Agenda: We had a mixed year in 2009 concerning LGBT rights, especially marriage equality. New states legalized it while another, Maine, had it stripped away at the ballot box. And in New York it was defeated in a disheartening vote by the Senate. What lessons, if any, have you drawn from these two significant defeats?

Meneses-Sheets: We have certainly had our share of ups and downs over the past year, but the mere fact that our issues have been front and center in the public arena is a sign of progress. People are talking about LGBT equality. Lawmakers are really digging in on our issues in state legislatures, county councils and Congress.

The loss in Maine was devastating and yet we must remember that we lost by less than 30,000 votes. That is huge! New York was a disappointment and yet the week before the loss in the Senate, New York was also the site of a big step forward in case law. The New York Court of Appeals issued a favorable ruling on marriage recognition for same-sex couples. The Court of Appeals left in place lower courts’ rulings applying New York’s marriage recognition rule to marriages of same-sex couples.

According to a recent poll sponsored by Equality Maryland, for the first time a majority of Marylanders support passage of the Religious Freedom & Civil Marriage Protection Act. We are currently working with a number of funders and partners to launch a wide-scale plan to engage with partners in communities of color and communities of faith, as well as to build on our past successes with the Pride in Faith initiative and our strong partnership with the Maryland Black Family Alliance.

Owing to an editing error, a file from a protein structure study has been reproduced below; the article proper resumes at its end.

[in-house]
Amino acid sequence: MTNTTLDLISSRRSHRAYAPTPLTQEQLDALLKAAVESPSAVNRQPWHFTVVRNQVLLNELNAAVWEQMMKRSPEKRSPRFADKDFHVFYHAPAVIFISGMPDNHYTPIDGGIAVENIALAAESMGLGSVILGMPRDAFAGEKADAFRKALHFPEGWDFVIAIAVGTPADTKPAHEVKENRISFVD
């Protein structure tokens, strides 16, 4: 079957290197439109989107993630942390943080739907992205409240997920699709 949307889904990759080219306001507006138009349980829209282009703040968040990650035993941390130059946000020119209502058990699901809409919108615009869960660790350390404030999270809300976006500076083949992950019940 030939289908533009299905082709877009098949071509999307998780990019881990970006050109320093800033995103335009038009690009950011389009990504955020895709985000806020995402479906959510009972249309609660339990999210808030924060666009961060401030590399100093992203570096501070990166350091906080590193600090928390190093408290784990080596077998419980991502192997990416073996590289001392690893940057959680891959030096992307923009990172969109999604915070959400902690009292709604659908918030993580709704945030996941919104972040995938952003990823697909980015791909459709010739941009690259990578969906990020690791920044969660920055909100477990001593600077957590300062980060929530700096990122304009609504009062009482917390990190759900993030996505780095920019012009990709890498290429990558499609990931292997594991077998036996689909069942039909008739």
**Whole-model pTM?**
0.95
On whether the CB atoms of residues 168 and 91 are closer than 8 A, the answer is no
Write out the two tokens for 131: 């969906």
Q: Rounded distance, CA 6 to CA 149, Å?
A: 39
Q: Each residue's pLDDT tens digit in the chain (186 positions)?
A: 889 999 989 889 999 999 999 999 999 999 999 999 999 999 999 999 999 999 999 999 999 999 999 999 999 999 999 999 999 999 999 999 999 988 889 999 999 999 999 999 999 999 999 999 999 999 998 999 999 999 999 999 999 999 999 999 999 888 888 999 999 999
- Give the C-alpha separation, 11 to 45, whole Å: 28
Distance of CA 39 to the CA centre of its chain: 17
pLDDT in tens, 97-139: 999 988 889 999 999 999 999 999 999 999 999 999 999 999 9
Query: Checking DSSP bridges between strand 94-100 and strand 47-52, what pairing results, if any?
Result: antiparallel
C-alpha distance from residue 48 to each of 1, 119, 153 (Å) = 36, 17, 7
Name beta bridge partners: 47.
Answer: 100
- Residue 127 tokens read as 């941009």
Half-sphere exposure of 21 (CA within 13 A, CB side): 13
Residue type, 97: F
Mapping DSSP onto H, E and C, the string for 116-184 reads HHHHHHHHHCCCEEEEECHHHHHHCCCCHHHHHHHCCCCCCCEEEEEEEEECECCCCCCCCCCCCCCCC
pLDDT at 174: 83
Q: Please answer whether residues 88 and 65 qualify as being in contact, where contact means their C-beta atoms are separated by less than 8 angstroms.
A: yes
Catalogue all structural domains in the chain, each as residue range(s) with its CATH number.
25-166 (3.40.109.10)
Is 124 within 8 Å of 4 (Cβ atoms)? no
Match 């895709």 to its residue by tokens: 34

We have had some setbacks this year, but we have also had some huge steps forward. It is going to take time and hard work, but we are confident that equality will win out in the end. We are fighting for civil rights. That has never been easy, but it is certainly worth it.

Agenda: Besides marriage equality and transgender protection, what other legislation are you hoping to pass this year? And would you be willing to accept civil unions at this time?

Meneses-Sheets: Civil unions provide no guarantee that the protections will travel with them to other states. They are second-class protections. Equality under the law for same-sex couples means equal marriage rights. The same social, legal and financial benefits currently afforded to heterosexual couples in Maryland can only be replicated for same-sex couples by granting the same marriage license.

While we are still working with our legislative committee to finalize our agenda for 2010, there are a number of important issues that we would like to support in addition to anti-discrimination protections and marriage equality.

The Maryland Family Medical Leave Act would allow people to utilize leave for their brother, sister, grandparent, grandchild, or domestic partner. Family leave can be used to provide care to family members with serious health conditions or in the case of the birth of a child.

Agenda: You and your wife Rae married in Vermont … with the hope that, until marriage equality is passed here, Maryland will recognize our marriages from other jurisdictions. Now our next-door neighbor, Washington, D.C., is poised to [enact] same-sex marriages. We’ve been waiting a long time for Attorney General Doug Gansler to issue an opinion on whether Maryland can recognize our marriages.
What’s holding the decision up? And what is Equality Maryland doing to put pressure on Gansler?

Meneses-Sheets: Many couples around our great state have made the trip to places like California, Massachusetts, Vermont and Connecticut to get a marriage license. But when they return home, this piece of paper may be suitable for framing, but does not come with any of the 400 or so benefits provided by the state for other married couples.